Rosen’s main criticism of the current system is in its obsession with some highly suspect data and its systemic ignoring of other, more difficult to quantify, factors which influence the overall quality of the education given by a school. The present school “data” is a starting point for deeper probing and insights. It is not the end product from which facile conclusions can be drawn, for example in the notorious league tables so loved by government Ministers and ill-informed sections of the media.

A further major problem with the present Ofsted data system is this. It takes a single dataset (raw students’ results in tests) and cuts them every way conceivable, sub-dividing by gender, ethnicity, a somewhat arbitrary binary disadvantaged / non-disadvantaged categorisation and who knows what. Declaration of interest number two: I have a maths degree and several years’ experience working with statistical analysis in my early career. One of the effects of measuring differences between these various categories is that false positive results will occur by chance and by small sample sizes. Over-emphasis on the detail leads to a regime where false trails are pursued and invalid conclusions are drawn.

In short, the present approach to measuring school performance is statistically illiterate.

Project Fear

The really pernicious effect of this űber-accountability is on the consequences flowing from this rush to judgement. As a governor, I have spent much time discussing (anonymised) individual data, individual kids’ needs and circumstances and the pupil-orientated interventions used and known to bring about improvement. Much of this internal data is now, by Ofsted decree, ignored by their inspectors. Never mind the facts, just look at the huge amount of numbers we can produce for just one school. Reputations can be raised and destroyed by this flawed inspection process. The effects can last years and can destroy the careers of and create unnecessary stress for dedicated, hard-working teachers. The resultant increase in teacher “burn-out” and early retirement, together with the deterrent effect on would-be recruits to the teaching profession, does a huge disservice to teachers and pupils alike.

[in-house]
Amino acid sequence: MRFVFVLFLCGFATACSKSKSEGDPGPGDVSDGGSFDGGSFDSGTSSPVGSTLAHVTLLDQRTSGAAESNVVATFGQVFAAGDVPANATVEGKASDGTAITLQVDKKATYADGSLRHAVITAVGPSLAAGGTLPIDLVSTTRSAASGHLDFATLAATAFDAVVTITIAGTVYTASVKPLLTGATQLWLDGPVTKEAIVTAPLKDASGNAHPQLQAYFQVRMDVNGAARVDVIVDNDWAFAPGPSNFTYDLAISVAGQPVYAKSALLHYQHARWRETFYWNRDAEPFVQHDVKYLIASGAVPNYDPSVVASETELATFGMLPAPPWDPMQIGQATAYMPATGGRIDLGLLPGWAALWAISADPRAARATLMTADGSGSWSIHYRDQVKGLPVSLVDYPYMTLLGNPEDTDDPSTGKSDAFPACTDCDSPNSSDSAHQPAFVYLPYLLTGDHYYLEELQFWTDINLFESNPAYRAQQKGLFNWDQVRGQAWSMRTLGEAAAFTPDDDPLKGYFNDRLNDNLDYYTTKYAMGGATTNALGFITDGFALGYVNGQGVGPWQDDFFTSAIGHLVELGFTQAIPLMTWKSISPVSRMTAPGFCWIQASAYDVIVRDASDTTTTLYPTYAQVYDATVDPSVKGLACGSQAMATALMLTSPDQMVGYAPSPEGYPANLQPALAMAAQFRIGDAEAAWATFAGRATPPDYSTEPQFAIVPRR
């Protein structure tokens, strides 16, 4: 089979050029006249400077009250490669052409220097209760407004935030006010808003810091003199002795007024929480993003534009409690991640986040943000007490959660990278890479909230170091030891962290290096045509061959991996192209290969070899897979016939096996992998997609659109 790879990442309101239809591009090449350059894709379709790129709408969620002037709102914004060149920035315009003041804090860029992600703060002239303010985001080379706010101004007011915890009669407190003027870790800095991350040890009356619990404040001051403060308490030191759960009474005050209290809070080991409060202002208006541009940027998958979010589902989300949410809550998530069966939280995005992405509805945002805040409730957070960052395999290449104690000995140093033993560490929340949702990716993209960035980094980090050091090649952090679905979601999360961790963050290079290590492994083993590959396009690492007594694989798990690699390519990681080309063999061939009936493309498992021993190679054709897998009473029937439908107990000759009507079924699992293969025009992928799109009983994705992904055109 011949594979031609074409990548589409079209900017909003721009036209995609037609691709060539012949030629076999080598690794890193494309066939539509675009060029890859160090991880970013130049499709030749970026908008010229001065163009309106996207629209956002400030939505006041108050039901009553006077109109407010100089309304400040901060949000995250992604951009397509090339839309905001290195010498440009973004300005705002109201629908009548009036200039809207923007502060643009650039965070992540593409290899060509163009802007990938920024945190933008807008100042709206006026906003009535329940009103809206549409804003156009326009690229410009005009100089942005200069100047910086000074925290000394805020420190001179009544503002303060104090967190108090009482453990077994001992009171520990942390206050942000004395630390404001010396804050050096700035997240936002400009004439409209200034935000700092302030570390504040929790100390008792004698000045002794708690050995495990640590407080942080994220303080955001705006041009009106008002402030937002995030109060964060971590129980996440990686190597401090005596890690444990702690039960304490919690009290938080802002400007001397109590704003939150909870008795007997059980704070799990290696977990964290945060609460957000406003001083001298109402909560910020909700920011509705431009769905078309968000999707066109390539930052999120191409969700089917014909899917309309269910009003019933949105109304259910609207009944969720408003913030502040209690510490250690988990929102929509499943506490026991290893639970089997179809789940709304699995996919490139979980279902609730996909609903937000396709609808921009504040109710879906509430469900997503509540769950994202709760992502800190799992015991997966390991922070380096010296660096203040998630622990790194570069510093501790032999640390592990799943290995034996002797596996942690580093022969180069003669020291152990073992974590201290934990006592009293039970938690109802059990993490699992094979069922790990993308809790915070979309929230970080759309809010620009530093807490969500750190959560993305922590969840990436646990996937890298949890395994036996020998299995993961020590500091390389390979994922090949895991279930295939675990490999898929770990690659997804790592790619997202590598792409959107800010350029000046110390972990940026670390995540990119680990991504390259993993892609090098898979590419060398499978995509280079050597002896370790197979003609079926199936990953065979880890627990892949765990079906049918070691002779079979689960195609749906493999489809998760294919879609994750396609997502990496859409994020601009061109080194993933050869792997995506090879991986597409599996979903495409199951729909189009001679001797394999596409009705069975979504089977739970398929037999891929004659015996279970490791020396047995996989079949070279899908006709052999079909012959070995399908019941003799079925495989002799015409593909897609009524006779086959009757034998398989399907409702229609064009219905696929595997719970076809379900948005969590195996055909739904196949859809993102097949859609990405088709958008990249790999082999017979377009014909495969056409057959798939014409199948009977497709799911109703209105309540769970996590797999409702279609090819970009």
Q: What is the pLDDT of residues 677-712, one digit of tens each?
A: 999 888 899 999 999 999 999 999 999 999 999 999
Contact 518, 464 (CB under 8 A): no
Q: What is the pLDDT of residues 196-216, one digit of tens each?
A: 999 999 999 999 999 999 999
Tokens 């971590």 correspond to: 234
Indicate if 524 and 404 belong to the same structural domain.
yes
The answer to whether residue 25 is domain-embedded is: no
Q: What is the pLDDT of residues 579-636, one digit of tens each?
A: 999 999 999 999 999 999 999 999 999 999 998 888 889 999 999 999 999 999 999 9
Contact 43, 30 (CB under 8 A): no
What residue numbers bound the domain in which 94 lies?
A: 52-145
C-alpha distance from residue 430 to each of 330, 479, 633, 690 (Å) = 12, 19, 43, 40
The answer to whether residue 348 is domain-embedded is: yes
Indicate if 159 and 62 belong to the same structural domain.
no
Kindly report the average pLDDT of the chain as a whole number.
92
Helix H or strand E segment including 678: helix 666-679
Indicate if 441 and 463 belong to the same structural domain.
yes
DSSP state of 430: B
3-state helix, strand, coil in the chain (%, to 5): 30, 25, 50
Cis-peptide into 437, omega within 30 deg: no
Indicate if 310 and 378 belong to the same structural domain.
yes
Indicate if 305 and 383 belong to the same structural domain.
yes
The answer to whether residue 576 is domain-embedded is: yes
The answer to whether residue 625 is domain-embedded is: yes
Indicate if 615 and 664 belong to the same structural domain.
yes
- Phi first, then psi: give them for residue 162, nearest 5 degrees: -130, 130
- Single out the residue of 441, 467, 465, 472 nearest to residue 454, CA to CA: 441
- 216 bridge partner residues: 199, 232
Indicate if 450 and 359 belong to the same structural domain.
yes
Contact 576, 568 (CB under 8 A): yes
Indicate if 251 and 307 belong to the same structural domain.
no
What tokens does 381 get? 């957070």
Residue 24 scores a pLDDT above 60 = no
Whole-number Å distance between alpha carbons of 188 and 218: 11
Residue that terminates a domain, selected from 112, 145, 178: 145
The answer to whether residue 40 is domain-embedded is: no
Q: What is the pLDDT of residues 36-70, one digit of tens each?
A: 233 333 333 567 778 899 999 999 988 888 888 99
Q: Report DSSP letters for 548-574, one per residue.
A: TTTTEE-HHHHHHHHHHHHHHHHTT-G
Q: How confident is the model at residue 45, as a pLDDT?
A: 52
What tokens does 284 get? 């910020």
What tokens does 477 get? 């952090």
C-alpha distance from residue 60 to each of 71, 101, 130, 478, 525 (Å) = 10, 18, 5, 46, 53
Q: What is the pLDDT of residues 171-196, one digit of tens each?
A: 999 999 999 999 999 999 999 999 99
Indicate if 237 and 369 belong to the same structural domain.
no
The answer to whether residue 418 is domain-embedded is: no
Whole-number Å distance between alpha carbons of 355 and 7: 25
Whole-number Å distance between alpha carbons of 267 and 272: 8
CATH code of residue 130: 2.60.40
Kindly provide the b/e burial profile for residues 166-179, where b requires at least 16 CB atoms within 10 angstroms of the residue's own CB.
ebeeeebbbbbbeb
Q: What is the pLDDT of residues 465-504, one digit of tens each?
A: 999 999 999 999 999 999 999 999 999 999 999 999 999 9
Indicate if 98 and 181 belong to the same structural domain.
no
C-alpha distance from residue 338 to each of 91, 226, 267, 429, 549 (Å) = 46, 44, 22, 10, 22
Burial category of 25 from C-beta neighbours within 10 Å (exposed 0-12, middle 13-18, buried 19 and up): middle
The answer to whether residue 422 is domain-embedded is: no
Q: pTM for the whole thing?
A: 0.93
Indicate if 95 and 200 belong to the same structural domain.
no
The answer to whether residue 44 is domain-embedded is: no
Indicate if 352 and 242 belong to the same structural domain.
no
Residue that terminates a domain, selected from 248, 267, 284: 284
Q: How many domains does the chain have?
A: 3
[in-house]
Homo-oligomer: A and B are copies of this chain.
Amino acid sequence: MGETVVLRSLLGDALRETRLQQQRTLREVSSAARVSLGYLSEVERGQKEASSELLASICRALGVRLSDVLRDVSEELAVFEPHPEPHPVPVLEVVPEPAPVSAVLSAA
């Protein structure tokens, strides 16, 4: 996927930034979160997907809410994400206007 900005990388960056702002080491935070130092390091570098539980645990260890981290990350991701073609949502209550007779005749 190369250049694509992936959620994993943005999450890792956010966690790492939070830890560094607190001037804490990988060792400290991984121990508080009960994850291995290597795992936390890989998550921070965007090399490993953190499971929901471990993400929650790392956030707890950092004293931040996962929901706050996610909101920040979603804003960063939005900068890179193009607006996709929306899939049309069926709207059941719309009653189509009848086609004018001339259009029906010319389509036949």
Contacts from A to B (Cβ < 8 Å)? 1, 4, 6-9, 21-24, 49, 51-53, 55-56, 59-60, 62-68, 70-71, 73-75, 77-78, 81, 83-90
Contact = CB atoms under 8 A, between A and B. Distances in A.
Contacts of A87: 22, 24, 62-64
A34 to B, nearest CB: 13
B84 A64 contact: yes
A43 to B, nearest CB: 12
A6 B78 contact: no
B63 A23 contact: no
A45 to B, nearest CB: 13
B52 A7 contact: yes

I am a strong believer in the need for accountability, especially for something as important to future citizens’ life chances as school education. I spent over 20 years as a fairly senior manager in a large corporation devising, redrafting, tweaking and adjusting various performance measures to try to ensure that the more senior managers had a clear and incisive insight into the performance of those we managed. Not an easy or straightforward task. Transferred to the world of education, the issues get ever more complex and important. But a world in which an Ofsted visit is viewed with fear and trepidation – and is seen, to a large extent, as a discredited lottery – is a world gone mad.

“Much Worse Than That”

A few months ago, I attended a Local Authority briefing session for governors. When the formal session had ended, I fell into conversation with a governor from another school, a woman I have never met before. I made some comment to the effect that I was unsure, on balance, whether Ofsted’s existence was a good or bad thing for the education of our children. I said I thought it was probably bad. “Oh no!” said my interlocutor. “They’re much worse than that!”

With Stupid Boy Pike as current Education Secretary, it looks like we will have to wait for a future Labour government before there’s any chance that things will improve.